Researchers at Johns Hopkins University have developed a new gelatinous robot that crawls, powered by nothing more than temperature change and clever design. The inchworm-inspired robot brings “a kind of intelligence” to the field of soft robotics.
These worm-like robots are designed to crawl through the body and target the source of illness, delivering a high dose of medication and possibly replacing pills or intravenous injections that can cause life-threatening side effects.
Robots are typically comprised almost exclusively of hard materials like metals and plastics. This has been a fundamental obstacle in the push to create robots ideal for human biomedical advancements. Water-based gels are one of the most promising materials in the field of soft robotics. Previous research has demonstrated that gels that swell or shrink in response to temperature can be used to create smart structures.
Now, for the first time, the Johns Hopkins team has shown how the swelling and shrinking of this gelatinous material can be strategically manipulated to move robots forward and backward on flat surfaces. They can also be encouraged to crawl in certain directions with an undulating, wave-like motion.
The new gelatinous robot is 3D-printed and made out of gelatine. The slug is powered solely by manipulating temperature fluctuations between 30 and 60 degrees Celsius, which can either swell or shrink its gel body. According to the researchers, the gelbots would be easy to mass produce.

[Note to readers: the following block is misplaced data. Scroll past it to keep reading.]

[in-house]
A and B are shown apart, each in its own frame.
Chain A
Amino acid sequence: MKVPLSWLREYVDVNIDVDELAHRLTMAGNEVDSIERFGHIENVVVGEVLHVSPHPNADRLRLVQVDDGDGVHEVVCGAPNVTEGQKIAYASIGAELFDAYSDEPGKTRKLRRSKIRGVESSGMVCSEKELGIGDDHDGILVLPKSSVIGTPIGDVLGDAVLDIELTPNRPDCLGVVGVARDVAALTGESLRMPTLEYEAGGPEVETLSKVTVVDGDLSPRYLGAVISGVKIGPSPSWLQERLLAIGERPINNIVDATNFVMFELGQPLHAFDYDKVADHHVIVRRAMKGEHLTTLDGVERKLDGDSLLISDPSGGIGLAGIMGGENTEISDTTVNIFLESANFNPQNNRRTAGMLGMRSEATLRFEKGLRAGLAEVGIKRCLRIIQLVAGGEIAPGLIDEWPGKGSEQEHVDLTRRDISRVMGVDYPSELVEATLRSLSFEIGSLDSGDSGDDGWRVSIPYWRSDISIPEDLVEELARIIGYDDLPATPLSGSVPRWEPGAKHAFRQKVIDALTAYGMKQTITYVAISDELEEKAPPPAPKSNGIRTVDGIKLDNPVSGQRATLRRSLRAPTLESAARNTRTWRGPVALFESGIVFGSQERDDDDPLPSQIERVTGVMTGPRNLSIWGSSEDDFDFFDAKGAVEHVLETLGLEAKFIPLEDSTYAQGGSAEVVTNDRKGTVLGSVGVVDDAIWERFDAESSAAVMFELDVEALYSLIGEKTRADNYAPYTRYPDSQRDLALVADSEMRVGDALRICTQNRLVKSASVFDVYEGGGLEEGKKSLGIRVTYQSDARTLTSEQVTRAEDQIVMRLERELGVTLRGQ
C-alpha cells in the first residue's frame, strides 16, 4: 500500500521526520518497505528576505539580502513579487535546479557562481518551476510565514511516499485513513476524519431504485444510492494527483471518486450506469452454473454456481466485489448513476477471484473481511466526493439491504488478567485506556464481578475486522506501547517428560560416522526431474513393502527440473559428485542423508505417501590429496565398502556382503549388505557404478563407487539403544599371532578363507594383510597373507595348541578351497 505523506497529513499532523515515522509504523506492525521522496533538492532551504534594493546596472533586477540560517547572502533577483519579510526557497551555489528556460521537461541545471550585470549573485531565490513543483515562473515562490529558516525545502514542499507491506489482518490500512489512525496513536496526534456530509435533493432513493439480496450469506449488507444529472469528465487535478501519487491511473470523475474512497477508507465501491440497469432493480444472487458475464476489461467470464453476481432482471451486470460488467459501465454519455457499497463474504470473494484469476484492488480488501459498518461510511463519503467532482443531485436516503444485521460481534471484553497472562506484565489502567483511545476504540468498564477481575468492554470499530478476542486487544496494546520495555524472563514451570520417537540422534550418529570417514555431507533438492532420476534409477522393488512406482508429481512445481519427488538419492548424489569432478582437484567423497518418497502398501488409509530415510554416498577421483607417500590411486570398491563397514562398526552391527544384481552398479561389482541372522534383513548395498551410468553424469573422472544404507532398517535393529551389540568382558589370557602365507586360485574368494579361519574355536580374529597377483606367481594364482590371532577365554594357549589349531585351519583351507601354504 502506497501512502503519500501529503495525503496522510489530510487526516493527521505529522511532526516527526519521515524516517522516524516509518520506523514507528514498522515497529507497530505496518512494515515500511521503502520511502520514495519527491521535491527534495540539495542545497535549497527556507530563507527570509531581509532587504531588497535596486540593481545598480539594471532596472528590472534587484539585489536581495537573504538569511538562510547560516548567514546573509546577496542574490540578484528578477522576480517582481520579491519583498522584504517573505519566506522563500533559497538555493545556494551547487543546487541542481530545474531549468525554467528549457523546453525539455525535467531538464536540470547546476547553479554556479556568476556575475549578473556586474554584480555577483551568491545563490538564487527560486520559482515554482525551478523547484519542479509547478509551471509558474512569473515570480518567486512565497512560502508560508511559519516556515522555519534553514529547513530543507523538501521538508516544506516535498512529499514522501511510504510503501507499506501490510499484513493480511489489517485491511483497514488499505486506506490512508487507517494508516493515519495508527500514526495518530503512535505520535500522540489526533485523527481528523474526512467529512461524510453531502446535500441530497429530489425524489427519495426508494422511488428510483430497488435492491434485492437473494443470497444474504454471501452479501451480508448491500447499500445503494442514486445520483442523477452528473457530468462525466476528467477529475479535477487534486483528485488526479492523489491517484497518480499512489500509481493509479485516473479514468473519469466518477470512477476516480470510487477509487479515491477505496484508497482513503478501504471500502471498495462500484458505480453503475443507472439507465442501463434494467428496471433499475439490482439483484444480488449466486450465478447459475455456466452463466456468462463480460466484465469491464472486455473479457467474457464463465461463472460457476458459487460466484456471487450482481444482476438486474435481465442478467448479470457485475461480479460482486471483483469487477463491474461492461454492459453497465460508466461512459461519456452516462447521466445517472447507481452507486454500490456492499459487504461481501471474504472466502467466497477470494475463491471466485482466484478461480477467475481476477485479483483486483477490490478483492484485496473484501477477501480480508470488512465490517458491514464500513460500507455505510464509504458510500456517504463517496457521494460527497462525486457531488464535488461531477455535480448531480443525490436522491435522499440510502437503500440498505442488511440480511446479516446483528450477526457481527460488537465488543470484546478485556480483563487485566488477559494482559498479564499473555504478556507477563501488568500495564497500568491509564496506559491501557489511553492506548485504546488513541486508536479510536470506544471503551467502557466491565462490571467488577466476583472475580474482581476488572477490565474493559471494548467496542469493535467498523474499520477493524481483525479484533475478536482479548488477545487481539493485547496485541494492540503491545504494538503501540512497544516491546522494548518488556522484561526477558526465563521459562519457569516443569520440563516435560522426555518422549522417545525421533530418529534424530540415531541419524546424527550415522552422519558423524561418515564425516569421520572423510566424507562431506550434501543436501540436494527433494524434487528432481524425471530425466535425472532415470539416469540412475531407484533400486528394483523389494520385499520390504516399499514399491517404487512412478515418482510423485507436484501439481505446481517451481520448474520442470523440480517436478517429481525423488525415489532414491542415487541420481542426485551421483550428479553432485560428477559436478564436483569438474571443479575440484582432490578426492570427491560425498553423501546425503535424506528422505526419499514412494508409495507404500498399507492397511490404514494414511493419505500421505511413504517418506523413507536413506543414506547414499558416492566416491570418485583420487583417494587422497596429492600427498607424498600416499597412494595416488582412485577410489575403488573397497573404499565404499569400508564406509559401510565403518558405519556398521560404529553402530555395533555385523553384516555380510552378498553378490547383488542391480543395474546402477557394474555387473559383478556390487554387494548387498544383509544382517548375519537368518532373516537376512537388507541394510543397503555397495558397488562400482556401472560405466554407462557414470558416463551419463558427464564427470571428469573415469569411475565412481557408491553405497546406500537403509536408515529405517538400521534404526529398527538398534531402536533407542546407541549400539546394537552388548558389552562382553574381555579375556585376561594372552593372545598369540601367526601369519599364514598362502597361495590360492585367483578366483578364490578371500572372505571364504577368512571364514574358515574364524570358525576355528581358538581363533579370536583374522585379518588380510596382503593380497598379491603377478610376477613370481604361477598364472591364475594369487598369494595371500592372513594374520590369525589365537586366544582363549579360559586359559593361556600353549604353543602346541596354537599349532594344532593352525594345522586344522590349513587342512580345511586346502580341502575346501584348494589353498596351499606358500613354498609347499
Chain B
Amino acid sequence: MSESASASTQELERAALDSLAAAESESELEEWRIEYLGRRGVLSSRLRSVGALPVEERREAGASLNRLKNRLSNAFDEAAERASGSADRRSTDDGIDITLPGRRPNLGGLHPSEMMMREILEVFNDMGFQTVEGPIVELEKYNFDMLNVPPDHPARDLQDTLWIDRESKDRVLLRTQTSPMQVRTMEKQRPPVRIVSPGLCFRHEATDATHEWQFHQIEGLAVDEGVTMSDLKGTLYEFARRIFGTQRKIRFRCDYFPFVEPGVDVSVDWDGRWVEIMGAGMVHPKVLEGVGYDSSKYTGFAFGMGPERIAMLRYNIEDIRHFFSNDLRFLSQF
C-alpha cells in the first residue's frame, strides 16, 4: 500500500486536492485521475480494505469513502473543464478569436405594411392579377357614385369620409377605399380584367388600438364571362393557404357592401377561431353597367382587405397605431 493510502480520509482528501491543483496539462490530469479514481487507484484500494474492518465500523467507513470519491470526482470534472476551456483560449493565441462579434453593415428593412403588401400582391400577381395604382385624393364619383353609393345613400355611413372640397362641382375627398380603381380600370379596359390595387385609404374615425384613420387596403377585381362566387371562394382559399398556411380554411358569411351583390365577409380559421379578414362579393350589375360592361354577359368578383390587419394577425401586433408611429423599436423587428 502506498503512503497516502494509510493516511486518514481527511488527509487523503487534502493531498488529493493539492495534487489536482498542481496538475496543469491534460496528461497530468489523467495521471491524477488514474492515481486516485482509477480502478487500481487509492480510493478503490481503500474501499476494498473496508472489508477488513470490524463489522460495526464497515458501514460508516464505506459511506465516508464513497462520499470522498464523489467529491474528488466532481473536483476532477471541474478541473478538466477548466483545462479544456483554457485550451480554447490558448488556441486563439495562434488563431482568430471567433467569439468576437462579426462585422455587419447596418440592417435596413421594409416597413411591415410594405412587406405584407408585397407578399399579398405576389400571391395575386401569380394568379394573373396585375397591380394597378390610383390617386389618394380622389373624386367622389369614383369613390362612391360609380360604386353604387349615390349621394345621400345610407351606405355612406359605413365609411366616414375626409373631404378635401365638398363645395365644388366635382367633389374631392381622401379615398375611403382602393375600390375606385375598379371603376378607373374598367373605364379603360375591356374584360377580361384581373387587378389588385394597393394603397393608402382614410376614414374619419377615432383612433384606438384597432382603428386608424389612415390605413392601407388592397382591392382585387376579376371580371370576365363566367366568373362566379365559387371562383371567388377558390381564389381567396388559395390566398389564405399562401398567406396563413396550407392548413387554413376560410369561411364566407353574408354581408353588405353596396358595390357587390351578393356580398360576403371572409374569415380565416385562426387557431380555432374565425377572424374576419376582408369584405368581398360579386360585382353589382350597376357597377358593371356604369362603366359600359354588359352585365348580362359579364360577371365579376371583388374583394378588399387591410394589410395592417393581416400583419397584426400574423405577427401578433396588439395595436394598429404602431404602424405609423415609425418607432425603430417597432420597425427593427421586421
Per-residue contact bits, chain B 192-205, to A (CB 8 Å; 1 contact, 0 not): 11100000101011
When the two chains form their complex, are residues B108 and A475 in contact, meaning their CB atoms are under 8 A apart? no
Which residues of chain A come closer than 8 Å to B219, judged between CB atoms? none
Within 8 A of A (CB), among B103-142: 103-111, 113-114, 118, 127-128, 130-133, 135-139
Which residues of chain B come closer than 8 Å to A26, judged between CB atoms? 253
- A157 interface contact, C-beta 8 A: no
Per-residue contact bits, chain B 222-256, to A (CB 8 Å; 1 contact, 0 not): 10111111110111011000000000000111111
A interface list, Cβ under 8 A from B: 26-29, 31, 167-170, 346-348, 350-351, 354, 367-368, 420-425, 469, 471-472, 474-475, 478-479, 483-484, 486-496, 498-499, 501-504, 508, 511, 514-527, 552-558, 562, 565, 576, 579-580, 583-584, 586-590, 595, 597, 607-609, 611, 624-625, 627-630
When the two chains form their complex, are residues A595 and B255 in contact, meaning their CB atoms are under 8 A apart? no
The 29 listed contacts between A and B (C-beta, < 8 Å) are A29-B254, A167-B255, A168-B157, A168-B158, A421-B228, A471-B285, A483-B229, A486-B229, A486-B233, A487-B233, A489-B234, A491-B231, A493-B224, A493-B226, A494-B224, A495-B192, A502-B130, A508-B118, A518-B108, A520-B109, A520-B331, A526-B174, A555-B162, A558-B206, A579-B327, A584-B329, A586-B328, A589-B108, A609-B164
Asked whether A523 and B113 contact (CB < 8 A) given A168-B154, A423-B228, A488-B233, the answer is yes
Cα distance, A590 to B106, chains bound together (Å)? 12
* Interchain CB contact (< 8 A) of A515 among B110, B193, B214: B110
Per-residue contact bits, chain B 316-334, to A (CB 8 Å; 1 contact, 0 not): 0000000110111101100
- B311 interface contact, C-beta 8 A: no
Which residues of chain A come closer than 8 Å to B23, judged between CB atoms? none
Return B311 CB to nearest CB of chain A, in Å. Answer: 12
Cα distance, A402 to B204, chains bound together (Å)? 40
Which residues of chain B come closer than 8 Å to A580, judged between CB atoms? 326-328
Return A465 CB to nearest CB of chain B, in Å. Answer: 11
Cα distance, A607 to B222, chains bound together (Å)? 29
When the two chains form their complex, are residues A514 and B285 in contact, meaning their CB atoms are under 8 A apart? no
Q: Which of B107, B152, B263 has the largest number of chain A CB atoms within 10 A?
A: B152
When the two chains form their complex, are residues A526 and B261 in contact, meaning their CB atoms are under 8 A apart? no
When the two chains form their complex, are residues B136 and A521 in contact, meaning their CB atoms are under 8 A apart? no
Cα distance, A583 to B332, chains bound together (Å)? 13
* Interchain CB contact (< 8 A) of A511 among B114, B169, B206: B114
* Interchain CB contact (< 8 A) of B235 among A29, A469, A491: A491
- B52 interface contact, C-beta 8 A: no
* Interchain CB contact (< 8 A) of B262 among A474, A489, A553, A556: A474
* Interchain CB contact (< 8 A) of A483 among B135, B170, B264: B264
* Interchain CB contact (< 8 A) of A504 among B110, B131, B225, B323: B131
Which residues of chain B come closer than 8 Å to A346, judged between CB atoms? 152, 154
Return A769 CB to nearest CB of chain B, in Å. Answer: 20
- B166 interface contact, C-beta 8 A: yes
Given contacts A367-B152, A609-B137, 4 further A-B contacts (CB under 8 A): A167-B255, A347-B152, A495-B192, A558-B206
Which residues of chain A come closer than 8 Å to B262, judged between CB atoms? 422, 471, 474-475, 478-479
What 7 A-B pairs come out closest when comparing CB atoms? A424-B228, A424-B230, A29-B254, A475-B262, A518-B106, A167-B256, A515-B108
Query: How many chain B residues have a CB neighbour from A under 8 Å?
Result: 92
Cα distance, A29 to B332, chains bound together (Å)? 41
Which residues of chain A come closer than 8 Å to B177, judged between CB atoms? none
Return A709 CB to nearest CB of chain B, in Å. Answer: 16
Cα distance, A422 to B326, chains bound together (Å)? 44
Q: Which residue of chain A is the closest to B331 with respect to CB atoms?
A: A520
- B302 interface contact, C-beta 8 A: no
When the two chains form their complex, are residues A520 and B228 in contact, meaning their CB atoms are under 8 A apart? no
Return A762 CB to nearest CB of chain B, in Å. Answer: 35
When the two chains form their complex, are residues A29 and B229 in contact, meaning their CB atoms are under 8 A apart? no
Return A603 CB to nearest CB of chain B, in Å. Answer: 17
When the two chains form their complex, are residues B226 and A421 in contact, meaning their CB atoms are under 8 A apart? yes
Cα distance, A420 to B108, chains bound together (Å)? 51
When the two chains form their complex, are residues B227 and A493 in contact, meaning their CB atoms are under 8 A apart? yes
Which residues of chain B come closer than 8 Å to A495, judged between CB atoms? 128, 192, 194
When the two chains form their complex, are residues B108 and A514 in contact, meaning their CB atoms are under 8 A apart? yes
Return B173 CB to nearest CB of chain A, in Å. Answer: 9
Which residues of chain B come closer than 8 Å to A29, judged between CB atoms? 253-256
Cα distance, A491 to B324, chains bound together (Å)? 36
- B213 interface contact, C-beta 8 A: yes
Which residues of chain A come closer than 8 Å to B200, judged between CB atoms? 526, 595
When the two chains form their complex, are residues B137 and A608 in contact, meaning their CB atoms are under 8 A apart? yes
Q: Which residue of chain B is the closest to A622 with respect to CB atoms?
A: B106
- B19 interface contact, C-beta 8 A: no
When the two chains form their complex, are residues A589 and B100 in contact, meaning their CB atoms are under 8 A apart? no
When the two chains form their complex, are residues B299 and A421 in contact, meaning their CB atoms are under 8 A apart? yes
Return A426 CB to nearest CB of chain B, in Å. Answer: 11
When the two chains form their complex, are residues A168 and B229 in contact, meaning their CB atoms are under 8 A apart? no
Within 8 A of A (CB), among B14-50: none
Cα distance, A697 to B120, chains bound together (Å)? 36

“It seems very simplistic, but this is an object moving without batteries, without wiring, without an external power supply of any kind-just on the swelling and shrinking of gel,” said senior author David Gracias, a professor of chemical and biomolecular engineering at Johns Hopkins University. “Our study shows how the manipulation of shape, dimensions, and patterning of gels can tune morphology to embody a kind of intelligence for locomotion.”
Gracias envisions a range of practical future applications, including moving on surfaces through the human body to deliver targeted medicines. They could also be marine robots, patrolling and monitoring the ocean’s surface to combat pollution.
Researchers are planning to train the gelbots to crawl in response to variations in human biomarkers and biochemicals. They also want to test other worm and marine organism-inspired shapes and forms and would like to incorporate cameras and sensors into their bodies.
- Aishwarya Pantula, Bibekananda Datta, Yupin Shi, Margaret Wang, Jiayu Liu, Siming Deng, Noah J. Cowan, Thao D. Nguyen, and David Gracias. Untethered unidirectionally crawling gels driven by asymmetry in contact forces. Science Robotics, 2022; DOI: 10.1126/scirobotics.add2903